It turns out that it's not the same as a regular breakout. Sometimes, things have to get worse before they can get better. This applies to life in general, but can also apply to situations involving your skin. Specifically, skin purging.
Skin purging occurs when you incorporate a new product or ingredient into your routine and your skin begins to break out. But this isn't just a stray pimple here and there; it's a whole bunch of them.
A breakout can appear after eating junk food or as a result of stress. A purge is more of a group of pimples graduating at the same time and rising to the surface of the skin. Ingredients that promote cell turnover, such as retinoids, glycolic acid and salicylic acid and benzoyl peroxide, are what cause these pesky breakouts to appear. Usually, when you start using those products for the first time, you're causing cell turnover and pimples or clogged pores to come to the surface at the same time. It's similar to restarting the skin cycle.
Purges can last up to six weeks because the skin needs time to reset and, essentially, push the gunk out of your pores and adjust to the new products (it usually starts in the first couple of weeks of using a new product). However, it should not last more than two months. If it does, it is possible that your skin simply does not agree with the product, or that there is something else going on.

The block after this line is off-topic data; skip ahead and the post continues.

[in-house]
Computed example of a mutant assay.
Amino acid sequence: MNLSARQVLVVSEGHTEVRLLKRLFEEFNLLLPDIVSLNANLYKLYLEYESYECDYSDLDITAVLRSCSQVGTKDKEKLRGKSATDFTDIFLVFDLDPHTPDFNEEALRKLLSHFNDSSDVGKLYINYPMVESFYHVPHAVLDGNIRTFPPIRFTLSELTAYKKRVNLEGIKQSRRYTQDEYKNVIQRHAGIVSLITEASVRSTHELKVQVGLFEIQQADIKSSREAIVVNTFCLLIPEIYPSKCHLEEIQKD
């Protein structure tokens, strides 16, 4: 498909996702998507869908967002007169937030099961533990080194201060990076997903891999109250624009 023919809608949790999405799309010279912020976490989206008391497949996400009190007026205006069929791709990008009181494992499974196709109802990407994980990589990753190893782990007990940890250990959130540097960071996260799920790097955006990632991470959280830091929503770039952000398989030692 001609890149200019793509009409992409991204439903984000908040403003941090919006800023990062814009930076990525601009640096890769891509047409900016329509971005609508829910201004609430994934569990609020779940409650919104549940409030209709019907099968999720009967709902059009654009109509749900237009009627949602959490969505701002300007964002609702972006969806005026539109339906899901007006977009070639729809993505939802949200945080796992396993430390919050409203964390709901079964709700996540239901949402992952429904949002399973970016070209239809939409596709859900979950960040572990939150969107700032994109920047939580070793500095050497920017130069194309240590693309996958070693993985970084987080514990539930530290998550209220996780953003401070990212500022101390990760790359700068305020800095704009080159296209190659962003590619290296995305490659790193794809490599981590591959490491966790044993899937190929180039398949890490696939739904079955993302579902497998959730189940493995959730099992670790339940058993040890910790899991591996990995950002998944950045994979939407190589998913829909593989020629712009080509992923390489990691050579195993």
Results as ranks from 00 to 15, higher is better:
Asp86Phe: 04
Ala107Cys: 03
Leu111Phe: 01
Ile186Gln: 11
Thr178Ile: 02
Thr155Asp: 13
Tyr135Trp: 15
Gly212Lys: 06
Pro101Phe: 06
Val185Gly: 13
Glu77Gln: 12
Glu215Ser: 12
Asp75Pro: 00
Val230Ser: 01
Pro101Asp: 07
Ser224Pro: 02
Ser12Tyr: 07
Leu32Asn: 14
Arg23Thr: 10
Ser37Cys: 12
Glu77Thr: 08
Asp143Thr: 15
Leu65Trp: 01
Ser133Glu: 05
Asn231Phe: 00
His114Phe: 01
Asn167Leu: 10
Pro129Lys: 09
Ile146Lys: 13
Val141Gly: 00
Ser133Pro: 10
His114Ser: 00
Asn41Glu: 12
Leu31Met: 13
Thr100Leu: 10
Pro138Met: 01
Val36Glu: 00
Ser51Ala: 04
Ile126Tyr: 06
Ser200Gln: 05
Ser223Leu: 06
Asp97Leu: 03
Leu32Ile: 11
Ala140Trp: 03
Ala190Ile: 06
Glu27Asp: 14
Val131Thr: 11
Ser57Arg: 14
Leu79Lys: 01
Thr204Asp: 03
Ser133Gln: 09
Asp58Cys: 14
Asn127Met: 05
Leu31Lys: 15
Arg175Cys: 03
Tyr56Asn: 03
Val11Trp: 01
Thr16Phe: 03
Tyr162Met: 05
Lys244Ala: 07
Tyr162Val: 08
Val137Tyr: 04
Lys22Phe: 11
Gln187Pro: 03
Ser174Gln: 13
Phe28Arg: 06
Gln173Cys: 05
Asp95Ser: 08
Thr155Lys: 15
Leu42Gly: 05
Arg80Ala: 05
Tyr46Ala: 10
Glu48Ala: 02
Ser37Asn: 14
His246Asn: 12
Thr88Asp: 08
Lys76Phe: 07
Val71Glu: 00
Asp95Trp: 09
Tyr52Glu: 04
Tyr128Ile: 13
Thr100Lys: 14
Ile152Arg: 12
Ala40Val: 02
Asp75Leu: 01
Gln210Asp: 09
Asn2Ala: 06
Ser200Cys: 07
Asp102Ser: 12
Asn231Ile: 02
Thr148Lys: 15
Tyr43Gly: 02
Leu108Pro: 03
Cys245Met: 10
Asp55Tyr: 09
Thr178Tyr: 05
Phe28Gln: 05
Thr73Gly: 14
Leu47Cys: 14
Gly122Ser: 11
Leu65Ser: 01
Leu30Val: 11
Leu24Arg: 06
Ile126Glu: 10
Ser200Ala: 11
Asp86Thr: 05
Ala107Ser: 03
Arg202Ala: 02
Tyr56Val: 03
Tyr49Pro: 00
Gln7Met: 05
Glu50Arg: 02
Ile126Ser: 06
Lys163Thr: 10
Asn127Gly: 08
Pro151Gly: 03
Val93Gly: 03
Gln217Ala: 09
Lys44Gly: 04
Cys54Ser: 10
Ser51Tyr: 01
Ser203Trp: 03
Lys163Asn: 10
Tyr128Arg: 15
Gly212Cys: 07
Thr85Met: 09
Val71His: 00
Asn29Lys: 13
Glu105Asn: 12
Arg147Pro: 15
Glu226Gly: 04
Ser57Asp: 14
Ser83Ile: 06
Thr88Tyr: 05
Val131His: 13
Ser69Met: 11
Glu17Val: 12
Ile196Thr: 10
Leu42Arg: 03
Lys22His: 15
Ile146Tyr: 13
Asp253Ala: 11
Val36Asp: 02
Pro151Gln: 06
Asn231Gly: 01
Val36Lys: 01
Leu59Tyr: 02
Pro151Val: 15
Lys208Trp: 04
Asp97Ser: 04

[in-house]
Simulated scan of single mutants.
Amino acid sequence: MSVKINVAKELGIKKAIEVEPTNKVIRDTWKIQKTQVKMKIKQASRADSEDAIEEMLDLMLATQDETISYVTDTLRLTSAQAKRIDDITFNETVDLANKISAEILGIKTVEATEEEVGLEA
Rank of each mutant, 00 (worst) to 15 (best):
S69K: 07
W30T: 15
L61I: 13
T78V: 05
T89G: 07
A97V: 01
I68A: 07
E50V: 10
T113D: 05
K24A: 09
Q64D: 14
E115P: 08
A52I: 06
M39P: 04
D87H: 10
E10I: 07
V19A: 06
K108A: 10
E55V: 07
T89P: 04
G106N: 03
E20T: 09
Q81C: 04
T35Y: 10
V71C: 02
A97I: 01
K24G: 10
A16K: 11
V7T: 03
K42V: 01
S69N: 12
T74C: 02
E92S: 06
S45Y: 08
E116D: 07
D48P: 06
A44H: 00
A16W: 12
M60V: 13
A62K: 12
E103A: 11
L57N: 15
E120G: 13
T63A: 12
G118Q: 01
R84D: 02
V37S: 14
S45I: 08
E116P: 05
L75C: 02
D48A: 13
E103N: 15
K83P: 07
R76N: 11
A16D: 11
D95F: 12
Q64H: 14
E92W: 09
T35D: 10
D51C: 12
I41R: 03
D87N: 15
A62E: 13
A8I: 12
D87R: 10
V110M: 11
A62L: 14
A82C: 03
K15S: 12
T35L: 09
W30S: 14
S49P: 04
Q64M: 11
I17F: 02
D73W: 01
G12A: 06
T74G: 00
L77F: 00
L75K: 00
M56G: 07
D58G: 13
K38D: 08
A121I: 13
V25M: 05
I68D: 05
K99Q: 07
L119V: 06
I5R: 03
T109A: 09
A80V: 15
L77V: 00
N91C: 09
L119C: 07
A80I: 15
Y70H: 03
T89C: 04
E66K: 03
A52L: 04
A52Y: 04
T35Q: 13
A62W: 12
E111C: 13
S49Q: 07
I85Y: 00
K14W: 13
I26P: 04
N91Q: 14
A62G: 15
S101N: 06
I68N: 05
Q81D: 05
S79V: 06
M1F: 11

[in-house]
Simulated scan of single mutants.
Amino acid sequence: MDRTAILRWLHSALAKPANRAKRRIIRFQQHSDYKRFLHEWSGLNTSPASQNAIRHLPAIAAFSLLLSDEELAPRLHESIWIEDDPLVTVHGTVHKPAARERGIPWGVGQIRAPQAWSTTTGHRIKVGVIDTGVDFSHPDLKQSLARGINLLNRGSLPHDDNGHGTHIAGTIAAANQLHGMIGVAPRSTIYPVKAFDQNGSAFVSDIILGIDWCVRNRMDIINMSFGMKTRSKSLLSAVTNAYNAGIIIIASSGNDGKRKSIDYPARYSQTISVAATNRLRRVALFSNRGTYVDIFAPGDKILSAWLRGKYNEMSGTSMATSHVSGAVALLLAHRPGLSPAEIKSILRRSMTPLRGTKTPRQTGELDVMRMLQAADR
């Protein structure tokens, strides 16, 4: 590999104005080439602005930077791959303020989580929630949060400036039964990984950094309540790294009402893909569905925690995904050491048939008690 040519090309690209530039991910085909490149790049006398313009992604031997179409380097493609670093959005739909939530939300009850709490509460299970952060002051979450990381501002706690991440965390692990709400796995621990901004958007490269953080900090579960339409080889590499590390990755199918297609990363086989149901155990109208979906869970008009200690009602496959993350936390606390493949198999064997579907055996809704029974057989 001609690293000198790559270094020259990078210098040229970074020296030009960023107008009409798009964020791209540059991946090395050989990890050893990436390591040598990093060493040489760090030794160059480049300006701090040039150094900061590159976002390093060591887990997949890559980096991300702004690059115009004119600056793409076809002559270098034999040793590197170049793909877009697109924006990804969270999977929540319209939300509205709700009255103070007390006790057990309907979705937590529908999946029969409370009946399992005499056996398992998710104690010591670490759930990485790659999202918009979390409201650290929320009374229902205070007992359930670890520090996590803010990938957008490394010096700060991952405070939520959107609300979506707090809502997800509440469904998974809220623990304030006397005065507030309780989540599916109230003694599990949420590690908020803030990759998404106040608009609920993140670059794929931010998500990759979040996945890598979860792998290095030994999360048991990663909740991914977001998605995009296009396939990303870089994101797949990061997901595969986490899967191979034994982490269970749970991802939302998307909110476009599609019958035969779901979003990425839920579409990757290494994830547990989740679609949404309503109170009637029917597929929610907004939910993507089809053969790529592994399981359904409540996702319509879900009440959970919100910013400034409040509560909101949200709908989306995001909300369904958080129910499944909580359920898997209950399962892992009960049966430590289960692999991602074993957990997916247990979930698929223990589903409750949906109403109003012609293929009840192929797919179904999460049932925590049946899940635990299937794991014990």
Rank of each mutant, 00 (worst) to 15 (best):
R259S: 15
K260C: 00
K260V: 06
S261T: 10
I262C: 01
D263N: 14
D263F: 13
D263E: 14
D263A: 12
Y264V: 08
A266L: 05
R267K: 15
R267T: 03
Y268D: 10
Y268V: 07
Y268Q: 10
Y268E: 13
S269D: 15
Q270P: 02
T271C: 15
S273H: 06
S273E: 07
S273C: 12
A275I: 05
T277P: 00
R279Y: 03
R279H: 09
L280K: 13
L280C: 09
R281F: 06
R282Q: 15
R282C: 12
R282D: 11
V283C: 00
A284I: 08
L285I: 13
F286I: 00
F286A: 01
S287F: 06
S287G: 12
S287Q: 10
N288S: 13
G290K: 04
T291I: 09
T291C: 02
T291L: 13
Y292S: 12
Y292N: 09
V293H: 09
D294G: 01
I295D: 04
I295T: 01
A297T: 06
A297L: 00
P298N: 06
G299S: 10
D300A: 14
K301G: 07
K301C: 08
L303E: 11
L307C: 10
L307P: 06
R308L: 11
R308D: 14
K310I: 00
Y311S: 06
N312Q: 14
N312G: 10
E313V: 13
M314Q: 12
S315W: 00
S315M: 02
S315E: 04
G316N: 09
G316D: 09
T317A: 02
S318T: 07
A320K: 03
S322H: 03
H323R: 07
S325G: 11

Over-exfoliation is frequently confused with purging, so reevaluate your routine and see if there are any products, such as a chemical exfoliant, that you can reduce your use of.
Dermatologists understand that the skin is a window into your internal health. So, yes, you might just have a regular pimple from trying some new products, but we like to ask, ‘OK, is this issue happening because of something other than skin? How are you feeling on the inside? ‘Do you have an iron deficiency?' Your skin requires nutrition in order to function and heal. So, if you notice the purge coincides with hair loss, weight gain, or feeling more dry than usual, there is always something internally that we can work on. In that case, it is best to seek advice and guidance from your dermatologist.
In some cases, a person may prefer not to deal with the purging process and instead avoid using the product entirely. You certainly can, but it advisable that you let the purge run its course. If you stop using the product that started the purging, it should slow down, but sometimes once you start the fire, it will continue to burn no matter what. For some people, if you stop using the product, it can last for a month or so.
You can use an anti-inflammatory products to reduce the severity of some of the breakouts. In the midst of a purge, the worst thing you can do is attack it with other products. Some people go crazy when they notice they're purging and throw everything at their face to calm things down, which sometimes makes it even more irritated, and dried out. If anything, simplifying your routine will avoid intervening with the purge and help it along. Initially it may look horrible, but over time it will get better.
Just remember: Patience is a virtue and good skin doesn’t happen overnight.